The new form factor has forced the optical drive to become dropped, if you decide to still must burn to or read from CDs and DVDs, you must buy a drive. It's not the very first Mac desktop machine to lower the optical drive, the Mac mini hasn't had one since July 2011 and the MacBook Air range and Retina MacBook Pros were designed without one from their inception.
Could Apple yet again be skating to the location where the puck is going to get, successfully predicting future trends as it did when it dropped the floppy drive in the original iMac last 1998?
Frankly, we have our doubts. The floppy disk would have been a very limited storage medium. Optical storage is much more versatile. You might not get a software physically delivered with a disk any more, but would you still rip CDs to iTunes? Or watch DVD movies in your iMac? Or you could make your own DVD video disks? We suspect sales of USB SuperDrives raises with the arrival with the new iMac.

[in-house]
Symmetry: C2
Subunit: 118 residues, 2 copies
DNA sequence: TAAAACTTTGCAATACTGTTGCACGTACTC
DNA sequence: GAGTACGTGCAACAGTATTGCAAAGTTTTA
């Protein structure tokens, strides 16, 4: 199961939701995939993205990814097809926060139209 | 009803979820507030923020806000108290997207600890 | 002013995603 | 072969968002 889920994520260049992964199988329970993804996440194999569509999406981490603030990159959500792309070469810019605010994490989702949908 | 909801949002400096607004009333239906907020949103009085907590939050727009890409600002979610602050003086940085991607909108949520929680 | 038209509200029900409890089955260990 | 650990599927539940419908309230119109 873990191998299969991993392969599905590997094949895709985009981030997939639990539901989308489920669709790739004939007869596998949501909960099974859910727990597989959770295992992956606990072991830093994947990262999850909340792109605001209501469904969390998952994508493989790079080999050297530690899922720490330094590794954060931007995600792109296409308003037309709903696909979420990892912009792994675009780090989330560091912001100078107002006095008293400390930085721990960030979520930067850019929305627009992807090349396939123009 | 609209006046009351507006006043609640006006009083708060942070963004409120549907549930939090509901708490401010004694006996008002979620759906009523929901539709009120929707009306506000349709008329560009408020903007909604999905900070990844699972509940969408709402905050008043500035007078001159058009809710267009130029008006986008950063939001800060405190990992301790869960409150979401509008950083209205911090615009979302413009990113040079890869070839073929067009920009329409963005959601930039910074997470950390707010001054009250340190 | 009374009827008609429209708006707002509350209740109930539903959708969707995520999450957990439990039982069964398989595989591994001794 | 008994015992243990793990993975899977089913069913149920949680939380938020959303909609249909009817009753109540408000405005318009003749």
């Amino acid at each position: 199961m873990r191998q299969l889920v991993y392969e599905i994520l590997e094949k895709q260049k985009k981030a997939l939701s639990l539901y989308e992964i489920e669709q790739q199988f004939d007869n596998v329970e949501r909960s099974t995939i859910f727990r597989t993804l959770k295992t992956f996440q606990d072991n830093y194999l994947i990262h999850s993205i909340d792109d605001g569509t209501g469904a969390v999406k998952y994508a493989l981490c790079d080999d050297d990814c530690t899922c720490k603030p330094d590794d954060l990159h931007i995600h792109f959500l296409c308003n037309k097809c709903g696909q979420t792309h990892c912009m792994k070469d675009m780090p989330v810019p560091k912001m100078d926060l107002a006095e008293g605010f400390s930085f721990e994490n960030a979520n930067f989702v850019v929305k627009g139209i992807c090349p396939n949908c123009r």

old iMac
Previous generations of iMac and Mac mini gave us hard disks as standard, and solid-state drives as configuration options. The new Macs give to us a third choice: buy any iMac except the entry-level model or the more expensive in the two Mac minis through the online Apple Store, and you will choose a new Fusion Drive.
The Fusion Drive combines 128GB of solid-state storage which has a 1TB or 3TB harddrive, while using 3TB model purely available in 27-inch iMacs. By storing the main system, regularly used applications and commonly accessed files about the flash section of the drive and everything else for the hard drive platters, a Fusion Drive gives near-SSD speeds without compromising on storage capacity.